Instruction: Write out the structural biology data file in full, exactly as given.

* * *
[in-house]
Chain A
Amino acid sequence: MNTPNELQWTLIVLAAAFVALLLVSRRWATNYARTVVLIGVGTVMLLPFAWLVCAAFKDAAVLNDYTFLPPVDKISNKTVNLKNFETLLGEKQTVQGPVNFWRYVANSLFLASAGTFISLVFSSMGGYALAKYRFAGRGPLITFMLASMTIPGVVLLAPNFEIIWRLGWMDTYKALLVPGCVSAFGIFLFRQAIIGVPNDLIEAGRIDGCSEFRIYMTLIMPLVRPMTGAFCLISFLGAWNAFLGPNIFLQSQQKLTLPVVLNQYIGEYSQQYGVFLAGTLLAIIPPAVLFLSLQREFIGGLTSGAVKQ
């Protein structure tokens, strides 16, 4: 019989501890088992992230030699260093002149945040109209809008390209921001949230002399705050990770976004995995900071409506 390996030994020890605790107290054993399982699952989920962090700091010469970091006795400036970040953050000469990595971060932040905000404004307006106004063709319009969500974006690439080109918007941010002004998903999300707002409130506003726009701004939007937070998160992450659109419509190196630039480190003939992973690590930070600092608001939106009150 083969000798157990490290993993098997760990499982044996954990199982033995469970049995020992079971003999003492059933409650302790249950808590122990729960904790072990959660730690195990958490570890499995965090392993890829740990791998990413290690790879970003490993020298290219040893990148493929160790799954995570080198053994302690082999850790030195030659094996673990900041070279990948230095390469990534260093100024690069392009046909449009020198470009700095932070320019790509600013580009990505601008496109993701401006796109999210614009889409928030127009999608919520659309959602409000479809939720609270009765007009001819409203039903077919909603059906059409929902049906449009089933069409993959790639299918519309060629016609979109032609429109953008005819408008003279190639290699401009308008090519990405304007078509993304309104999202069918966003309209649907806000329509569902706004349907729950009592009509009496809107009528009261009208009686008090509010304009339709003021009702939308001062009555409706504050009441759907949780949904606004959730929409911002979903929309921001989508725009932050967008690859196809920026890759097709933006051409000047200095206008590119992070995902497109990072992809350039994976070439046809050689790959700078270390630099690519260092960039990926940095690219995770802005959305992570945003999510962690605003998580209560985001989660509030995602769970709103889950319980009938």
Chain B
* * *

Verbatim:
[in-house]
Chain A
Amino acid sequence: MNTPNELQWTLIVLAAAFVALLLVSRRWATNYARTVVLIGVGTVMLLPFAWLVCAAFKDAAVLNDYTFLPPVDKISNKTVNLKNFETLLGEKQTVQGPVNFWRYVANSLFLASAGTFISLVFSSMGGYALAKYRFAGRGPLITFMLASMTIPGVVLLAPNFEIIWRLGWMDTYKALLVPGCVSAFGIFLFRQAIIGVPNDLIEAGRIDGCSEFRIYMTLIMPLVRPMTGAFCLISFLGAWNAFLGPNIFLQSQQKLTLPVVLNQYIGEYSQQYGVFLAGTLLAIIPPAVLFLSLQREFIGGLTSGAVKQ
């Protein structure tokens, strides 16, 4: 019989501890088992992230030699260093002149945040109209809008390209921001949230002399705050990770976004995995900071409506 390996030994020890605790107290054993399982699952989920962090700091010469970091006795400036970040953050000469990595971060932040905000404004307006106004063709319009969500974006690439080109918007941010002004998903999300707002409130506003726009701004939007937070998160992450659109419509190196630039480190003939992973690590930070600092608001939106009150 083969000798157990490290993993098997760990499982044996954990199982033995469970049995020992079971003999003492059933409650302790249950808590122990729960904790072990959660730690195990958490570890499995965090392993890829740990791998990413290690790879970003490993020298290219040893990148493929160790799954995570080198053994302690082999850790030195030659094996673990900041070279990948230095390469990534260093100024690069392009046909449009020198470009700095932070320019790509600013580009990505601008496109993701401006796109999210614009889409928030127009999608919520659309959602409000479809939720609270009765007009001819409203039903077919909603059906059409929902049906449009089933069409993959790639299918519309060629016609979109032609429109953008005819408008003279190639290699401009308008090519990405304007078509993304309104999202069918966003309209649907806000329509569902706004349907729950009592009509009496809107009528009261009208009686008090509010304009339709003021009702939308001062009555409706504050009441759907949780949904606004959730929409911002979903929309921001989508725009932050967008690859196809920026890759097709933006051409000047200095206008590119992070995902497109990072992809350039994976070439046809050689790959700078270390630099690519260092960039990926940095690219995770802005959305992570945003999510962690605003998580209560985001989660509030995602769970709103889950319980009938």
Chain B